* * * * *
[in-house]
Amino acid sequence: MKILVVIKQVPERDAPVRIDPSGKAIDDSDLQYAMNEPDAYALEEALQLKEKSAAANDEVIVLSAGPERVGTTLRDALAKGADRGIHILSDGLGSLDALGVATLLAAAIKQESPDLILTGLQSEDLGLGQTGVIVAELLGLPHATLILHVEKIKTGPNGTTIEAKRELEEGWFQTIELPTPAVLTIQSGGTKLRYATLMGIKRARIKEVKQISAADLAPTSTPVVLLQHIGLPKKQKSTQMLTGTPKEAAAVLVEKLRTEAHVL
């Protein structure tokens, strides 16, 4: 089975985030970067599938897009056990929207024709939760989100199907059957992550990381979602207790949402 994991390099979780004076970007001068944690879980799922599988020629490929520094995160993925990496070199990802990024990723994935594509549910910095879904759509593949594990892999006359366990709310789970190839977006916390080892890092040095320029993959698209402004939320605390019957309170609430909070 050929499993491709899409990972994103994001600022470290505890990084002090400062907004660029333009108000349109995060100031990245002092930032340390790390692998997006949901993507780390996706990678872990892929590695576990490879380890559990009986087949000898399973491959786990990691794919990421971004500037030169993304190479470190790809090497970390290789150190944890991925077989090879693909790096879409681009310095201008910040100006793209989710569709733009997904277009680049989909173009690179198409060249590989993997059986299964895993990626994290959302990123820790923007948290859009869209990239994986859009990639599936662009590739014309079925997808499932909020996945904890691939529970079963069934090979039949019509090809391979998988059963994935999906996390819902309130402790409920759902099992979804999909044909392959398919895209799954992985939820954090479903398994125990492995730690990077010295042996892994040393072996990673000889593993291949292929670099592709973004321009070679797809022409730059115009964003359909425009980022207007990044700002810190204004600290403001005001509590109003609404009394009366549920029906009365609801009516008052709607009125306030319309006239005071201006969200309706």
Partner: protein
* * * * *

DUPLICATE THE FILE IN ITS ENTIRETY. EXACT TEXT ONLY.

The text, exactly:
[in-house]
Amino acid sequence: MKILVVIKQVPERDAPVRIDPSGKAIDDSDLQYAMNEPDAYALEEALQLKEKSAAANDEVIVLSAGPERVGTTLRDALAKGADRGIHILSDGLGSLDALGVATLLAAAIKQESPDLILTGLQSEDLGLGQTGVIVAELLGLPHATLILHVEKIKTGPNGTTIEAKRELEEGWFQTIELPTPAVLTIQSGGTKLRYATLMGIKRARIKEVKQISAADLAPTSTPVVLLQHIGLPKKQKSTQMLTGTPKEAAAVLVEKLRTEAHVL
């Protein structure tokens, strides 16, 4: 089975985030970067599938897009056990929207024709939760989100199907059957992550990381979602207790949402 994991390099979780004076970007001068944690879980799922599988020629490929520094995160993925990496070199990802990024990723994935594509549910910095879904759509593949594990892999006359366990709310789970190839977006916390080892890092040095320029993959698209402004939320605390019957309170609430909070 050929499993491709899409990972994103994001600022470290505890990084002090400062907004660029333009108000349109995060100031990245002092930032340390790390692998997006949901993507780390996706990678872990892929590695576990490879380890559990009986087949000898399973491959786990990691794919990421971004500037030169993304190479470190790809090497970390290789150190944890991925077989090879693909790096879409681009310095201008910040100006793209989710569709733009997904277009680049989909173009690179198409060249590989993997059986299964895993990626994290959302990123820790923007948290859009869209990239994986859009990639599936662009590739014309079925997808499932909020996945904890691939529970079963069934090979039949019509090809391979998988059963994935999906996390819902309130402790409920759902099992979804999909044909392959398919895209799954992985939820954090479903398994125990492995730690990077010295042996892994040393072996990673000889593993291949292929670099592709973004321009070679797809022409730059115009964003359909425009980022207007990044700002810190204004600290403001005001509590109003609404009394009366549920029906009365609801009516008052709607009125306030319309006239005071201006969200309706």
Partner: protein